For more than 30 years, the Mujahedeen Khalq, or People’s Mujahedeen, has survived and operated on the margins of history and the slivers of land that Saddam Hussein and French governments have proffered it. During the 1970’s, while it was still an underground Iranian political movement, you could encounter some of its members on the streets of New York, waving pictures of torture victims of the shah’s regime. In the 80’s and 90’s, after its leaders fled Iran, you could see them raising money and petitioning on university campuses around the United States, pumping photographs in the air of women mangled and tortured by the Islamic regime in Tehran. By then, they were also showing off other photographs, photographs that were in some ways more attention-grabbing: Iranian women in military uniforms, who brandished guns, drove tanks and were ready to overthrow the Iranian government. Led by a charismatic husband-and-wife duo, Maryam and Massoud Rajavi, the Mujahedeen had transformed itself into the only army in the world with a commander corps composed mostly of women.
Until the United States invaded Iraq in March, the Mujahedeen survived for two decades under the patronage of Saddam Hussein. He gave the group money, weapons, jeeps and military bases along the Iran-Iraq border — a convenient launching ground for its attacks against Iranian government figures. When U.S. forces toppled Saddam’s regime, they were not sure how to handle the army of some 5,000 Mujahedeen fighters, many of them female and all of them fanatically loyal to the Rajavis. The U.S soldiers’ confusion reflected confusion back home. The Mujahedeen has a sophisticated lobbying apparatus, and it has exploited the notion of female soldiers fighting the Islamic clerical rulers in Tehran to garner the support of dozens in Congress. But the group is also on the State Department’s list of foreign terrorist organizations, placed there in 1997 as a goodwill gesture toward Iran’s newly elected reform-minded president, Mohammad Khatami.
With the fall of Saddam and with a wave of antigovernment demonstrations across Iran last month, the Mujahedeen suddenly found itself thrown into the middle of Washington’s foreign-policy battles over what to do about Iran. And now its fate hangs precariously between extinction and resurrection. A number of Pentagon hawks and policy makers are advocating that the Mujahedeen be removed from the terrorist list and recycled for future use against Iran. But the French have also stepped into the Persian fray on the side of the Iranian government — who consider the Rajavis and their army a mortal enemy. In the early-morning hours of June 17, some 1,300 French police officers descended upon the town of Auvers-sur-Oise, where the Mujahedeen established its political headquarters. After offering the Iranian exiles sanctuary on and off for two decades and providing police protection to Maryam Rajavi, the French mysteriously arrested Rajavi along with 160 of her followers, claiming that the group was planning to move its military base to France and launch terrorist attacks on Iranian targets in Europe. Immediately, zealous Mujahedeen members in Paris, London and Rome staged hunger strikes, demanding the release of Maryam, and several set themselves ablaze.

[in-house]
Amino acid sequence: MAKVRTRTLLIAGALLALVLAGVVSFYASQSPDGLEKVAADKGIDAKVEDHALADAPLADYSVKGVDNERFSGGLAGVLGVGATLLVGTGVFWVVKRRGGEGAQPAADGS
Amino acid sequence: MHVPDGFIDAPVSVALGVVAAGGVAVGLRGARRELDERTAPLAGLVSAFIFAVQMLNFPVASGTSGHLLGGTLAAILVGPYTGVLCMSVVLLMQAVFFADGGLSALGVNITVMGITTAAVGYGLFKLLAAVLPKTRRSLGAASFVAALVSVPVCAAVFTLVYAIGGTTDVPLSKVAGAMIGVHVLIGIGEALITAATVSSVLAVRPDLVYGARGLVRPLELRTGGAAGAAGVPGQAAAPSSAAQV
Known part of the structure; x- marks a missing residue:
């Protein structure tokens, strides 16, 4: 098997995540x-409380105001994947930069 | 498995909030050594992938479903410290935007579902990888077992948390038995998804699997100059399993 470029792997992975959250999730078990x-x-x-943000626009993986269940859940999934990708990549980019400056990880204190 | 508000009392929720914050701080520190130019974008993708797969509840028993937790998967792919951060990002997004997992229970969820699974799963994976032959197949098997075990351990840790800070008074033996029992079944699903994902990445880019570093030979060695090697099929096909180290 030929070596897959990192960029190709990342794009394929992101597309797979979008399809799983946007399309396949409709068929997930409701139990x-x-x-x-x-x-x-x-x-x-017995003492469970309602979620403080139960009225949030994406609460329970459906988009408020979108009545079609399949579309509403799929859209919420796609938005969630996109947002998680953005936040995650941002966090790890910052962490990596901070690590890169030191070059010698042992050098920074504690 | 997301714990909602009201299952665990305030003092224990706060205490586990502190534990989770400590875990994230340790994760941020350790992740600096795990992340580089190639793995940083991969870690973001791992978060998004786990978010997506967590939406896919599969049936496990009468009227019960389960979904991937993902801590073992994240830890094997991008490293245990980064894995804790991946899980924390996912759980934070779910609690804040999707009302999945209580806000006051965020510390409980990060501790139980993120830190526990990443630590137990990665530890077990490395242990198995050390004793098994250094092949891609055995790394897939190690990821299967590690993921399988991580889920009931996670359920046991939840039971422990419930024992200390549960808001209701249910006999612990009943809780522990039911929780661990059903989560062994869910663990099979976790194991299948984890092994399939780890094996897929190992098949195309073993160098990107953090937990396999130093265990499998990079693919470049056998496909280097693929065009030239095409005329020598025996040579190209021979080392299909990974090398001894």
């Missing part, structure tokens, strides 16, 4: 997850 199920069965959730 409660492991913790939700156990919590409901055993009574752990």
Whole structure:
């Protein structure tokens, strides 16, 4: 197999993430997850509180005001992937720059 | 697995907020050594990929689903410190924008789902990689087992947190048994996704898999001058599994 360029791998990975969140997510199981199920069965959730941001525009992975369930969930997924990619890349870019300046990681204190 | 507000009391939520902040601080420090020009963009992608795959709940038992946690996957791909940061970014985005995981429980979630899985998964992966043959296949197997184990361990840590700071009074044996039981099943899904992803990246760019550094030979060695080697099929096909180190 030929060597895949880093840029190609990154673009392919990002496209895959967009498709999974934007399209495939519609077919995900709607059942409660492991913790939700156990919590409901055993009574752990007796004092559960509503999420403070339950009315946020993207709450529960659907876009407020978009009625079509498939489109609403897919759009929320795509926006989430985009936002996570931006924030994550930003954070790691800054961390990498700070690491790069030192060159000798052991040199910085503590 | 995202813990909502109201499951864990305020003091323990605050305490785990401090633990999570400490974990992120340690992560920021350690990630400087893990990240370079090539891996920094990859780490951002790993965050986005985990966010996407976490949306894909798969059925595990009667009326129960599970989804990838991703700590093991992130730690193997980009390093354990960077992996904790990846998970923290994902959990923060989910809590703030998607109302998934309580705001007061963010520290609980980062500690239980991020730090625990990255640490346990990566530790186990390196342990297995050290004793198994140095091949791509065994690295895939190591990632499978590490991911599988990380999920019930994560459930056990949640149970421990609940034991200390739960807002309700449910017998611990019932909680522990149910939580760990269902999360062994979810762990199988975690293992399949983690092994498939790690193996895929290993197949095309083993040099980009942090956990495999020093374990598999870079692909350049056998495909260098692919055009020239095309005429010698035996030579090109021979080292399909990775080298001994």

In Washington, Senator Sam Brownback, Republican of Kansas and chairman of the Foreign Relations subcommittee on South Asia, accused the French of doing the Iranian government’s dirty work. Along with other members of Congress, Brownback wrote a letter of protest to President Jacques Chirac, while longtime Mujahedeen champions like Sheila Jackson-Lee, Democrat of Texas, expressed their distress over Maryam’s arrest. But few, if any, of these supporters have visited the Mujahedeen’s desert encampments in Iraq and know how truly bizarre this revolutionary group is.
Recently, I went to visit Camp Ashraf, the main Mujahedeen base, which lies some 65 miles north of Baghdad in Diala province, near the Iranian border. Ashraf is 14 square miles of ungenerous desert surrounded by aprons of barbed wire, gun towers and guards in trough-like bunkers, shaded by camouflage netting and dehydrated palm trees, their trunks thickened by dust. As you pass the checkpoints and dragons’-teeth tire crunchers into the tidy military town, you feel you’ve entered a fictional world of female worker bees. Of course, there are men around; about 50 percent of the soldiers are male. But everywhere I turned, I saw women dressed in khaki uniforms and mud-colored head scarves, driving back and forth along the avenues in white pickups or army-green trucks, staring ahead, slightly dazed, or walking purposefully, a slight march to their gaits as at a factory in Maoist China.